Mary Norbert Körte

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Mary Norbert Körte
OccupationPoet, teacher, activist

Mary Norbert Körte (born 1934) is an American poet associated with the Beat movement. A former Catholic nun from the San Francisco area, in the 1960s she became a poet, teacher and social activist. Her published work includes several volumes of poetry.[1]

Körte grew up in the hills near Oakland and Berkeley east of San Francisco Bay. At the urging of her family, she became a nun in 1952 when she entered the St. Rose Convent in San Francisco and became Sister Mary Norbert. Influenced by readings by Allen Ginsberg and others at the Berkeley Poetry Conference in 1965, she began to write poetry and to assist poor poets living in Haight-Ashbury. The Beat poet David Meltzer helped get her first book of poetry, Hymn to the Gentle Sun, published in 1967. As her secular and religious interests diverged, she left the convent in 1968 and moved to Berkeley to take a job as a secretary in the psychology department at the University of California, Berkeley. There she became friends with the poet Denise Levertov. Nominated by Levertov,[1] Körte was awarded a National Endowment for the Arts grant in 1969.[2] In 1972, she moved again, becoming caretaker of woodland property near Mendocino in northern California. She eventually bought the property, supporting herself by teaching at a nearby reservation school. She continued to write poetry, and she became active in the environmental movement, including Save the Redwoods.[1]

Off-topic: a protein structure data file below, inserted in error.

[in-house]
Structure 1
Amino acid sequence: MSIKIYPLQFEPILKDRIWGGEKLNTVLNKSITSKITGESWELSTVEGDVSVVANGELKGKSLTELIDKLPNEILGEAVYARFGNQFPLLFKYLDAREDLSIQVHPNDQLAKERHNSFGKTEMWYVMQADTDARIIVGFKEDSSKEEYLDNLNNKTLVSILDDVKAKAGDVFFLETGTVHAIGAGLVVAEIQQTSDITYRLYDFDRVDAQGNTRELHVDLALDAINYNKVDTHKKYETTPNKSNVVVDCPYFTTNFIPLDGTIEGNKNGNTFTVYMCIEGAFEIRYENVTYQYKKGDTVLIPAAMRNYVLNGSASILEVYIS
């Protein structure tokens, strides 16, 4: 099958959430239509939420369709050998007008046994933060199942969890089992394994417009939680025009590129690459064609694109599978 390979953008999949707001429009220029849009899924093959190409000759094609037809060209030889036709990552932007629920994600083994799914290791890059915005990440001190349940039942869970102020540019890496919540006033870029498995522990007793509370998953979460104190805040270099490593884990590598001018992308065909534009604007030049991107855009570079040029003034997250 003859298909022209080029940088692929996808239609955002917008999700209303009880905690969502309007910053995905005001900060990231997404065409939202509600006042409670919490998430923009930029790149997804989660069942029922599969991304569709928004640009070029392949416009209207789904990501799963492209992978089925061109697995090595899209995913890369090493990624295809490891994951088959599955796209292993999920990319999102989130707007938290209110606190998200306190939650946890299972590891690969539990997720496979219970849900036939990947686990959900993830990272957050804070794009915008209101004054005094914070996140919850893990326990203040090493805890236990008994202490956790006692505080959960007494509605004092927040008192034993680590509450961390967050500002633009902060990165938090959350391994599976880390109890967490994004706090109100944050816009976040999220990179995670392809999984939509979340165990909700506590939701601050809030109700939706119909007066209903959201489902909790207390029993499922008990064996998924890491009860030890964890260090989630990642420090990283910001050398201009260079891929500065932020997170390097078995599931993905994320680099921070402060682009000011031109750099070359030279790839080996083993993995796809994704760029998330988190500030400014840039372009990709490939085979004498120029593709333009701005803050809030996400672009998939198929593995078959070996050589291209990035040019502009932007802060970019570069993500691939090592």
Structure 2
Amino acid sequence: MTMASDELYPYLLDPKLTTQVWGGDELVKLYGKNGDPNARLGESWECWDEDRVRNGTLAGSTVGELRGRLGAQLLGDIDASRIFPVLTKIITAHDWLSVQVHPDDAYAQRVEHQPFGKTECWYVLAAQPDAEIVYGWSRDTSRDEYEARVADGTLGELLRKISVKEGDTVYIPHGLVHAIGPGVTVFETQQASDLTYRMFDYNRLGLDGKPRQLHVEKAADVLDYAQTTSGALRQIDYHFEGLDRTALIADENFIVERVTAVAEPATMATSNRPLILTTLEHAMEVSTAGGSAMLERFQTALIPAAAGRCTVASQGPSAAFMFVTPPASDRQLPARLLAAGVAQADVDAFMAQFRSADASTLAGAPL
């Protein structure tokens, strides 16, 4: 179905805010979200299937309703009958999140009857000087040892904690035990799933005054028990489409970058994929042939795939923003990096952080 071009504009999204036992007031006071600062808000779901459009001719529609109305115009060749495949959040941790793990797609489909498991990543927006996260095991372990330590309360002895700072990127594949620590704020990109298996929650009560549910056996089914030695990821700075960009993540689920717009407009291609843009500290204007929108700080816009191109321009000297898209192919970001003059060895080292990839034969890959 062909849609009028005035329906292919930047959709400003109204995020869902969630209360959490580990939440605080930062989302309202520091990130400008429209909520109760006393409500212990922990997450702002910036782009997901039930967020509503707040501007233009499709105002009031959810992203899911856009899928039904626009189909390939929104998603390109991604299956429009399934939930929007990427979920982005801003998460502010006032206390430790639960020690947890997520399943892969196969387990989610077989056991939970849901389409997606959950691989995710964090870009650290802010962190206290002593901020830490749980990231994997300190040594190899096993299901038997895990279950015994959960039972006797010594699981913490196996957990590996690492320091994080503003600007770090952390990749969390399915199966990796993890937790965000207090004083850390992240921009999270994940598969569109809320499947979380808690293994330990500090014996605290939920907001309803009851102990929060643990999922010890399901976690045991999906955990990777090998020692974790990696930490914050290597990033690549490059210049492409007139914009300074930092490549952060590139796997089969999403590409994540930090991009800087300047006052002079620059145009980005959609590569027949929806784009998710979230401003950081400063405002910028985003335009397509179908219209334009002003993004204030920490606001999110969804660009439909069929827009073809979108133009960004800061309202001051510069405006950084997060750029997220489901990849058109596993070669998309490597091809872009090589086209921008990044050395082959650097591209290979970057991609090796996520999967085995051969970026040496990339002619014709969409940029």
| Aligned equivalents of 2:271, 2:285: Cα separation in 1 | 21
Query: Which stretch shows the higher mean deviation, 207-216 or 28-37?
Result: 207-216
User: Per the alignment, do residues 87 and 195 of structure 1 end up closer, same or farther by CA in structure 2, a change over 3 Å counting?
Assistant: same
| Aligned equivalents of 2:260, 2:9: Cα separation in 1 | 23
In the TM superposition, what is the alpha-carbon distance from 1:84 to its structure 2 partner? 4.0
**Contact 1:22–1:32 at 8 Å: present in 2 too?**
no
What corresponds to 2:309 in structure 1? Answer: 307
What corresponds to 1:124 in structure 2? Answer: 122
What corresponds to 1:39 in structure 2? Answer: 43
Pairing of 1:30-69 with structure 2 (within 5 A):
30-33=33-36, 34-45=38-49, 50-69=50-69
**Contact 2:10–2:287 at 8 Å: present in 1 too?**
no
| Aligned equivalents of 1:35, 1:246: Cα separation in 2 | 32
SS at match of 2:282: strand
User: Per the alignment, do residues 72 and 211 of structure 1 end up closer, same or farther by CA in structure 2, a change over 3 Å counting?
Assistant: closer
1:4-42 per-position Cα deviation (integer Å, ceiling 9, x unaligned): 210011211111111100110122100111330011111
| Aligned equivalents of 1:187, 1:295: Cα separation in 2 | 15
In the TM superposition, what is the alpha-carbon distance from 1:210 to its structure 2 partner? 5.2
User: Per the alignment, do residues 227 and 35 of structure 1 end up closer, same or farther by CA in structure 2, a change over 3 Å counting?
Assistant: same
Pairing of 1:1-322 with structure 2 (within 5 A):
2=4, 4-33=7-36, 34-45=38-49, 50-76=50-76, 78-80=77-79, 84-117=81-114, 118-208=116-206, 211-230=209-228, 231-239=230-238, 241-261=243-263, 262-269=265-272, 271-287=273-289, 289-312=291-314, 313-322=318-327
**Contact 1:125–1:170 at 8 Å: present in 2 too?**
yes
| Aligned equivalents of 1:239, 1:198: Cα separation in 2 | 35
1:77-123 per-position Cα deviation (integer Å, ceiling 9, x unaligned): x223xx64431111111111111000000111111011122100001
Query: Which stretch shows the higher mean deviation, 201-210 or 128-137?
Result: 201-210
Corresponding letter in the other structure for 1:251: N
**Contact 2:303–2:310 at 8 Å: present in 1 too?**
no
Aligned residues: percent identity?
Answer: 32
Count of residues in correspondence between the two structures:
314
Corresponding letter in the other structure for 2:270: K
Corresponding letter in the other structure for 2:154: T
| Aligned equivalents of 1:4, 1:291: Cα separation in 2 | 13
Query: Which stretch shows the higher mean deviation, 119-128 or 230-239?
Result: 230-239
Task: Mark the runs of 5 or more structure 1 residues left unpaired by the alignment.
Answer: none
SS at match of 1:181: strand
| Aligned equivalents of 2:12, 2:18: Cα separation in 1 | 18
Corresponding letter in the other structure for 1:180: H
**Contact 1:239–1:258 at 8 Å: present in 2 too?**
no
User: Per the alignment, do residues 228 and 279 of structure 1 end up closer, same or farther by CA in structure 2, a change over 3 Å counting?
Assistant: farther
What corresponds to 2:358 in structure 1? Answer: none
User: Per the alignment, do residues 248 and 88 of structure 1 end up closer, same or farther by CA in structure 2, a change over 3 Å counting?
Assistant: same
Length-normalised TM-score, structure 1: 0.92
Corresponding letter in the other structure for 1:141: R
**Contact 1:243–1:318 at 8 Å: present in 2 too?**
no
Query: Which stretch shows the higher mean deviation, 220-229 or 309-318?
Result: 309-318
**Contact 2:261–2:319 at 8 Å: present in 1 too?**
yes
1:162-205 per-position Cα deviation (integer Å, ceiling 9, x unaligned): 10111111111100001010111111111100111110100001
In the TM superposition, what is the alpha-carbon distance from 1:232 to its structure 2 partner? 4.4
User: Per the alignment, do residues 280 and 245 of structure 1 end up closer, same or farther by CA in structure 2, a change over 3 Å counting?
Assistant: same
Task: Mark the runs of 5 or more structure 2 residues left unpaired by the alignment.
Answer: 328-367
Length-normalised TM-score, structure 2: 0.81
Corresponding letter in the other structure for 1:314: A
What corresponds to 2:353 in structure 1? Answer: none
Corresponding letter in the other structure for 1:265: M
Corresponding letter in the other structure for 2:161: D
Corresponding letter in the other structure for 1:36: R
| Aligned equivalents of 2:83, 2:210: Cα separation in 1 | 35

River Campus Libraries at the University of Rochester in New York holds a collection of 10 boxes of Körte's personal papers. They include correspondence, manuscripts, works by other authors, biographical documents, and other material.[3]


  • Hymn to the Gentle Sun (1967)
  • The Beginning Is the Life, Is the Word (1967)
  • Beginning of Lines: Response to "Albion Moonlight"  (1968)
  • The Generation of Love, (1969)
  • My Day Was Beautiful, How Was Yours?" and "The Going"  (1969)
  • A Breviary in Time of War (1970)
  • The Midnight Bridge (1970)
  • Mammals of Delight: Poems, 1972–1977 (1978)


  1. ^ a b c Knight, Brenda (1996). "Mary Norbert Körte: Redwood Mama Activist". Women of the Beat Generation: The Writers, Artists and Muses at the Heart of a Revolution. Berkeley, California: Conari Press. pp. 257–67. ISBN 978-1-57324-138-0.
  2. ^ "Mary Norbert Koerte". Contemporary Authors Online. Gale. 2001. Retrieved September 23, 2019.
  3. ^ "Mary Norbert Korte Papers". University of Rochester. 2018. Retrieved September 26, 2019.